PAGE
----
I Mai Wiyaringkupai
Finally when grandfather tried to fly
from Helvellyn they locked him up;
asylum from himself.
We visited all spring, and in the summer
he unfurled enough to ask for escape
into back issues of the National Geographic.
My sister and I, from waiting rooms and hotel lounges,
gathered into boxes all the dazzling world
and stacked them, bursting light,
from every cardboard seam, in the corner
of his cell. Visits now chafed our palms
on salty halyards, or saw us squinting
through a sextant at the stars. We crisscrossed
oceans with Columbus, Drake and Frobisher
pierced the mysteries of Galapagos, hacked
through rainforest, burned our soles on sand.
A late November day, frost rimed up
the chain-link fence. We trailed our finger tips
in the azure of a bay, as tenders from Discovery
carved civilization in prow marks on some
Antipodean beach. And now we think of him
as home. Antipode to his cage. Afternoons
with scissors and Blu-Tack cutting windows
in his walls:
Rectangles of tawny desert, then abruptly
green bush, eucalyptus cathedrals, spires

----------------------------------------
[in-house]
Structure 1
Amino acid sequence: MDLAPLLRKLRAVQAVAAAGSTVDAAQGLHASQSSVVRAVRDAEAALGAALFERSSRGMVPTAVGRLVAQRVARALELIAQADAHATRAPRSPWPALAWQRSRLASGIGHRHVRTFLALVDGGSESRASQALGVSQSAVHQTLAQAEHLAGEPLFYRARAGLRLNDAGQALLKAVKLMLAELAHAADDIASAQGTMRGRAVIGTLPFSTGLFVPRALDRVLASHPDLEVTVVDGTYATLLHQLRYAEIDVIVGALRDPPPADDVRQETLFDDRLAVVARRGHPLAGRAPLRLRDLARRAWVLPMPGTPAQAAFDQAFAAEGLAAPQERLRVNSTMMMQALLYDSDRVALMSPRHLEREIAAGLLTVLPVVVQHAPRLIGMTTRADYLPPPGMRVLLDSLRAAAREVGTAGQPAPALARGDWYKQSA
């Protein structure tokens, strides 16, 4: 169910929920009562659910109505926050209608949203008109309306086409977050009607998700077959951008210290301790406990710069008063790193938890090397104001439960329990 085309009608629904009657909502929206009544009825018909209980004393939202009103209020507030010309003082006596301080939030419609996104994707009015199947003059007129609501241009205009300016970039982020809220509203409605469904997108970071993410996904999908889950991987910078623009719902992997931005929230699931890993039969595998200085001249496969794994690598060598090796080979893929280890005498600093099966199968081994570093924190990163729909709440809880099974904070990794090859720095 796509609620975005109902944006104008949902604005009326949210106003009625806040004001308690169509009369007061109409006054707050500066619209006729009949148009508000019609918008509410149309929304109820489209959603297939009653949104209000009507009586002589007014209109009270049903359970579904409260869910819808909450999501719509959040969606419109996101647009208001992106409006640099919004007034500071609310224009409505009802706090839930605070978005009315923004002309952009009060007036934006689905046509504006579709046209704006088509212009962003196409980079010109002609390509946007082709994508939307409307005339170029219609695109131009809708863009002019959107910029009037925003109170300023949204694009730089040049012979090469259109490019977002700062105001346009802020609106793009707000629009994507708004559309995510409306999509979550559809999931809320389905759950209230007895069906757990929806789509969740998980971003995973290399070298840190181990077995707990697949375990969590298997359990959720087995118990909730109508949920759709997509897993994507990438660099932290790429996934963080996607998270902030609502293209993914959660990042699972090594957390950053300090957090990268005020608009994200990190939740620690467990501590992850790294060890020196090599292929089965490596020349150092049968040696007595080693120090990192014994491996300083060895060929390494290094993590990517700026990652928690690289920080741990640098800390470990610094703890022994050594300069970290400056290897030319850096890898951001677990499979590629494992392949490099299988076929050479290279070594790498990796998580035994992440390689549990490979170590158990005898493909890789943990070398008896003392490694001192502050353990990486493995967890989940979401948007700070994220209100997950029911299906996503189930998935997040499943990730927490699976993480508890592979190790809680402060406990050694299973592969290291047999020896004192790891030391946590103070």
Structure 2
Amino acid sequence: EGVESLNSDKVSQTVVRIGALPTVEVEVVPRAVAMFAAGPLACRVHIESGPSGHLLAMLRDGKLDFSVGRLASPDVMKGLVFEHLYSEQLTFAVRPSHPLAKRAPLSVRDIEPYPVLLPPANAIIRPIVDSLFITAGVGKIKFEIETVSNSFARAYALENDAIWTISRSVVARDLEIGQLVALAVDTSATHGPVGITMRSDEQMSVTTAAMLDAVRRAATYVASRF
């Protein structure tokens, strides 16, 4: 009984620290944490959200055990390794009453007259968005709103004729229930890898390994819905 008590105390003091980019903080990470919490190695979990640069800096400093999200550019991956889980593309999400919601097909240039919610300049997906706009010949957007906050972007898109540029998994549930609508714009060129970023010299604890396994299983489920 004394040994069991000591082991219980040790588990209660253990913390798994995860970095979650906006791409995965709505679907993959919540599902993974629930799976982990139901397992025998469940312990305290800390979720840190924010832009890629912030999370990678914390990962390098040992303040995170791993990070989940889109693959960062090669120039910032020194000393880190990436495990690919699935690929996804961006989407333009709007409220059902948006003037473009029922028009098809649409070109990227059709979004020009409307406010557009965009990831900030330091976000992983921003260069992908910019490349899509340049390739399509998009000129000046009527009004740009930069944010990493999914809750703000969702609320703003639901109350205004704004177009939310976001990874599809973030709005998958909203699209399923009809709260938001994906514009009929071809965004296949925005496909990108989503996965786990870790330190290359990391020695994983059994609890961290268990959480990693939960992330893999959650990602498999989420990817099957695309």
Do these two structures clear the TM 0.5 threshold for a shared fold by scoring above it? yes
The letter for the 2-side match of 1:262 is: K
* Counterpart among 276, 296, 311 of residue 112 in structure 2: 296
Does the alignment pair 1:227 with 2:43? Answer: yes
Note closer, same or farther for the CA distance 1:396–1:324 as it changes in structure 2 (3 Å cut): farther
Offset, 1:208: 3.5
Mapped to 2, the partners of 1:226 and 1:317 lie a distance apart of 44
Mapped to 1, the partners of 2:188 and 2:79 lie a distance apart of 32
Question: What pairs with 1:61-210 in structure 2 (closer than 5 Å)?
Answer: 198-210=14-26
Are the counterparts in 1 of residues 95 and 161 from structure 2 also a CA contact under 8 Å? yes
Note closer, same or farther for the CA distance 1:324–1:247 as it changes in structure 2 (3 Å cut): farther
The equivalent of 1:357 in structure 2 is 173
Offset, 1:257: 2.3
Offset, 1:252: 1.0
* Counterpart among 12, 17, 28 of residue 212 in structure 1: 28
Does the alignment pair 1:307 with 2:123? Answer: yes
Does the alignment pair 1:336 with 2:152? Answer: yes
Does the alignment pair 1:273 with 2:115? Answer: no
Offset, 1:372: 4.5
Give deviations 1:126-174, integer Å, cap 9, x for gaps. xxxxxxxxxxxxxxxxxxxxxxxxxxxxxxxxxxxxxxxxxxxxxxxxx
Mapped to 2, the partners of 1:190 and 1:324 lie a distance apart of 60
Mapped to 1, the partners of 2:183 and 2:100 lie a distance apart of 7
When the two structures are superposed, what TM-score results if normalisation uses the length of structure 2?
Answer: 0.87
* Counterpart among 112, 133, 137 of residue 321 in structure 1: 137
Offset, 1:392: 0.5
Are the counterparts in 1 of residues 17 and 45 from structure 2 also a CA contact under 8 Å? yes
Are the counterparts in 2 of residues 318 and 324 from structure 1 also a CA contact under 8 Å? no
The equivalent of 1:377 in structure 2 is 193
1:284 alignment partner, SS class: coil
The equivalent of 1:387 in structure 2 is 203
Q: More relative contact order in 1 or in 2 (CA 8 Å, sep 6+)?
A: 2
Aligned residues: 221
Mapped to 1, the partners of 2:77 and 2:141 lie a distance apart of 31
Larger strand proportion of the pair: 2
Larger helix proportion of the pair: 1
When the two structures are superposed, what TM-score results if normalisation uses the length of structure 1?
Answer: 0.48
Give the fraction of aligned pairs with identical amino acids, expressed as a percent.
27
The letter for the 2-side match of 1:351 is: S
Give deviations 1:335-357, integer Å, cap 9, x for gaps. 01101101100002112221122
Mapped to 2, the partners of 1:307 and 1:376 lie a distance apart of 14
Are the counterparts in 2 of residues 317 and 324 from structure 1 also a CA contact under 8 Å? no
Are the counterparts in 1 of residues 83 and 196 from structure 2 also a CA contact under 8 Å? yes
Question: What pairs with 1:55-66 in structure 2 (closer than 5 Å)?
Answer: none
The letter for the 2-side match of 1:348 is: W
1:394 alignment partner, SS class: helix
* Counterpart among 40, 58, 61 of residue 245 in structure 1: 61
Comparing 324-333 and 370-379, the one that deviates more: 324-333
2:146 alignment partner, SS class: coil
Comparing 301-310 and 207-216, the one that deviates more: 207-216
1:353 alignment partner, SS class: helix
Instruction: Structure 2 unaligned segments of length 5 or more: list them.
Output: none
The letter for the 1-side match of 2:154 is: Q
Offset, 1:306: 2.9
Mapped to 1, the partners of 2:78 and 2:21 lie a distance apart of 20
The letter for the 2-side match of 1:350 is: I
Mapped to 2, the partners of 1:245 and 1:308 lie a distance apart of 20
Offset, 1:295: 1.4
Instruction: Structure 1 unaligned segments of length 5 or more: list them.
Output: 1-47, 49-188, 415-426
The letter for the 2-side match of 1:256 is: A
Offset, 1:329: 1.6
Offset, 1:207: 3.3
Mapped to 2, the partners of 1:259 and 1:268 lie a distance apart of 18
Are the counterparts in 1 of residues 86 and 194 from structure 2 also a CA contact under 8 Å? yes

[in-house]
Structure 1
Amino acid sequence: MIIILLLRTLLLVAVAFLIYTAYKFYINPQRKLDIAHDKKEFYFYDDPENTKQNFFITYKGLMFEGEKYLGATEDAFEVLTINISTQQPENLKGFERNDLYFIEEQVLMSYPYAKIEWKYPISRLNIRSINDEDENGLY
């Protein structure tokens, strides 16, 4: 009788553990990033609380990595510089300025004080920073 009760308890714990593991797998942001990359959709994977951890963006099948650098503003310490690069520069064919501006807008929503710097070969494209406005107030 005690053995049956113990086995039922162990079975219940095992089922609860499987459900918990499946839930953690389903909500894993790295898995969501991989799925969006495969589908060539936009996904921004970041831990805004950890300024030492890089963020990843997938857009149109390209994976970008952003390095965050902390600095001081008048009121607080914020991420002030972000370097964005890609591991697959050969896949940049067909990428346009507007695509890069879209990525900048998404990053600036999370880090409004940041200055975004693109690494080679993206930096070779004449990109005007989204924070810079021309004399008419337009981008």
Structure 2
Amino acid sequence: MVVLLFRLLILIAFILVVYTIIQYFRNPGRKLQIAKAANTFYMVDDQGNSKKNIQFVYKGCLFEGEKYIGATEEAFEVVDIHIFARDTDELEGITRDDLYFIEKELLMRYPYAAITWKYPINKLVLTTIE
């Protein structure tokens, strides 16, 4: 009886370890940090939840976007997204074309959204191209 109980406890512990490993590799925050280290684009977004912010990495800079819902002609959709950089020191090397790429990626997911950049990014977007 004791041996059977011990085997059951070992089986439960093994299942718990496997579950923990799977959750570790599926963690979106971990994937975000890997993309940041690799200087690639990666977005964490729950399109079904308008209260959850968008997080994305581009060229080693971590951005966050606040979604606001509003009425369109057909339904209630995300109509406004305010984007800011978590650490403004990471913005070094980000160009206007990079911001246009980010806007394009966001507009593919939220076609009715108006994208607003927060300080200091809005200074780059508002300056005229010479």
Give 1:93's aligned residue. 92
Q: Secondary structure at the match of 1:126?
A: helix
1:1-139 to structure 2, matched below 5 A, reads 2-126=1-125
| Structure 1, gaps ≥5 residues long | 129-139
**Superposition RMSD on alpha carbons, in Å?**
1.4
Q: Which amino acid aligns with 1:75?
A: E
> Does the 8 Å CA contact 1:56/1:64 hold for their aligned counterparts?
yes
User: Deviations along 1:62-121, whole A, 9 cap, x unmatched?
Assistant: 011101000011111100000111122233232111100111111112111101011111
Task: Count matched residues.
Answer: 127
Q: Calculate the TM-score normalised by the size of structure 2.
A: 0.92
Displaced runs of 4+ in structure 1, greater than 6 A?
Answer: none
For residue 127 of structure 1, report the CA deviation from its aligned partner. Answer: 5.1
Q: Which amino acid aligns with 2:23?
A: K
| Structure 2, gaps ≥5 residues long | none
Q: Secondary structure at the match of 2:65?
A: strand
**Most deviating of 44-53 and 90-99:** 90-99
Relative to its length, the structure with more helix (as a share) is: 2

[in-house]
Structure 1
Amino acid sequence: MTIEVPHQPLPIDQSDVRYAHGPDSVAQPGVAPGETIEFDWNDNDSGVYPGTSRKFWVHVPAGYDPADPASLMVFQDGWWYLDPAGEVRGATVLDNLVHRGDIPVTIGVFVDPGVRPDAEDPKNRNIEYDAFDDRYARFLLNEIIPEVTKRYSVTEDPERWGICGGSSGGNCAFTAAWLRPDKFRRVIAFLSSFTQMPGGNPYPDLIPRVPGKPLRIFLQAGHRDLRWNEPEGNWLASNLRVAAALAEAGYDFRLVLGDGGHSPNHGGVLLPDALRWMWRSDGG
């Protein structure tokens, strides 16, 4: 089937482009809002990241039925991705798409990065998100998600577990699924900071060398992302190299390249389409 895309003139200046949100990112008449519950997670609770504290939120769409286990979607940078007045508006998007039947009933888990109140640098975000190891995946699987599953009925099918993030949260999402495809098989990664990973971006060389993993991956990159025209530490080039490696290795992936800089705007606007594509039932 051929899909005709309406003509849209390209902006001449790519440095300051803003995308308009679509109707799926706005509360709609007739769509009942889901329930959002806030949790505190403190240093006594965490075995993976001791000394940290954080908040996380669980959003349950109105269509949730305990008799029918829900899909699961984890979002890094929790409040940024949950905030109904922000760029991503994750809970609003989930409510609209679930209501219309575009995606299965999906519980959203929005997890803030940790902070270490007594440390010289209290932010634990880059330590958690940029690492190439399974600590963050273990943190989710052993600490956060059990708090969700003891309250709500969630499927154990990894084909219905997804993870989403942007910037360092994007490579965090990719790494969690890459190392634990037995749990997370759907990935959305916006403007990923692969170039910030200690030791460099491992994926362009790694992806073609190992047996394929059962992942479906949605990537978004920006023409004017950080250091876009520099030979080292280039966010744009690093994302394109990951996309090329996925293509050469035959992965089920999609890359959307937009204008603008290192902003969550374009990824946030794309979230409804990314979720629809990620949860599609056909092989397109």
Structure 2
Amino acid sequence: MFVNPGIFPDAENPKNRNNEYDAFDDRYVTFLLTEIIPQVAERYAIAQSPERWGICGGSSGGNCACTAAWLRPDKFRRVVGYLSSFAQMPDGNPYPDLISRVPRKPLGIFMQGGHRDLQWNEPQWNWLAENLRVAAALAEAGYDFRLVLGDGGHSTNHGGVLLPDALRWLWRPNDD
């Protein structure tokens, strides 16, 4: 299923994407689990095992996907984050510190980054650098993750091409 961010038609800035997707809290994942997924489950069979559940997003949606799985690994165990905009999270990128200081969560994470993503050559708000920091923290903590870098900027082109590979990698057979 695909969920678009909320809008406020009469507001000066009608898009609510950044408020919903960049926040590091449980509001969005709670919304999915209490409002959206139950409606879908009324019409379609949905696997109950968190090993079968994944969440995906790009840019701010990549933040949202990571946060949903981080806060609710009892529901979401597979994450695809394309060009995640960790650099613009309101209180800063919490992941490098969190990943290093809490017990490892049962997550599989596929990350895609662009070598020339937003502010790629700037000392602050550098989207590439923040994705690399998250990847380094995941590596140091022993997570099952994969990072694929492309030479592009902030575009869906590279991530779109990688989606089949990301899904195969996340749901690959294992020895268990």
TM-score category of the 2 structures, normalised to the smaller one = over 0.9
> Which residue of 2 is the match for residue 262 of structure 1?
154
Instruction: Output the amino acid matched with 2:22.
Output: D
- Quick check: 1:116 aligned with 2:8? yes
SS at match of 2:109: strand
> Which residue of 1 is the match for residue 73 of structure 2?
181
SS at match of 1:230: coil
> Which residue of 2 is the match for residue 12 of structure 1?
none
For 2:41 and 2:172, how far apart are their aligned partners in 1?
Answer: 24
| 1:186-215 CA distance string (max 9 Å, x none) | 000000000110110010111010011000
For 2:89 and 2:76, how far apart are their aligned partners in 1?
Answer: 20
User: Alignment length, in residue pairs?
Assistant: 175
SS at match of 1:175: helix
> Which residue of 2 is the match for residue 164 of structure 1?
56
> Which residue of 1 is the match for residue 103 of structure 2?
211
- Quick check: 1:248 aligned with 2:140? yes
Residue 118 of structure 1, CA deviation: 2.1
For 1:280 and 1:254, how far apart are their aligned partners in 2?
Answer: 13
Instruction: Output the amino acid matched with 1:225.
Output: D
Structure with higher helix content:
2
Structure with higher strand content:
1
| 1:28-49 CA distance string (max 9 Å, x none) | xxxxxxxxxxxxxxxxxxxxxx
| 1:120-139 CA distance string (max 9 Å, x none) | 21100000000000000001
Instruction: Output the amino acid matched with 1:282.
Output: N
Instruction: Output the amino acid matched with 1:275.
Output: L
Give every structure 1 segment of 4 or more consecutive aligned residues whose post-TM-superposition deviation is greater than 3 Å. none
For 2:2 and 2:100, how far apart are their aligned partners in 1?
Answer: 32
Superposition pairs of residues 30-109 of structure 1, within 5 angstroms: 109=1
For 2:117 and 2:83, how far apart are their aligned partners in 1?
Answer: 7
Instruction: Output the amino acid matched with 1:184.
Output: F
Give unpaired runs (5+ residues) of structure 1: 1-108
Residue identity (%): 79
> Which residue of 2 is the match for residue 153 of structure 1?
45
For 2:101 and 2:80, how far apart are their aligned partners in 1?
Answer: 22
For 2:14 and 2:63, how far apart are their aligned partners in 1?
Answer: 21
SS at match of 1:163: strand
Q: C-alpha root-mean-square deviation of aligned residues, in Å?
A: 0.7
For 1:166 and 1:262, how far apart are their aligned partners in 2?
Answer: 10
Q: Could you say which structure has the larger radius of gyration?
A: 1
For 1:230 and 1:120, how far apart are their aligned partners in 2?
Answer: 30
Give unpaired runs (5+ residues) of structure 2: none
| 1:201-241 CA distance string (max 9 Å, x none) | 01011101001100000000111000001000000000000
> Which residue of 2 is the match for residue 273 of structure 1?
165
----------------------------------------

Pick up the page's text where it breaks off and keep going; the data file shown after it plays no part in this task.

of fissured rock piercing the insane
magnolia of Surrey. An impossible horizon
spans two feet between the night bell
and the window grille. Above the washstand
opera pours from under tilted beaks. Bondi on a sea
of flesh and fabric. Across the clipboard drug chart
a double page spread: Uluru stains the order ochre
in the evening.
One morning, with the steel of January air
in their lungs, they followed chaos through a tangle
of twisted mesh and a supernova
of glass, to the potting shed. A missing
spade and mattock, a long coil of hemp.
Drag marks in the dew. They found him
six feet down, under a thousand years
of yew. Stripped to his boxers, brown Surrey
loam daubing his torso with Koalas,
with one hand seized on a can
of crumpled air, the other curled
in rope. Sightless and bright
as the south star, he abseils
for the sun.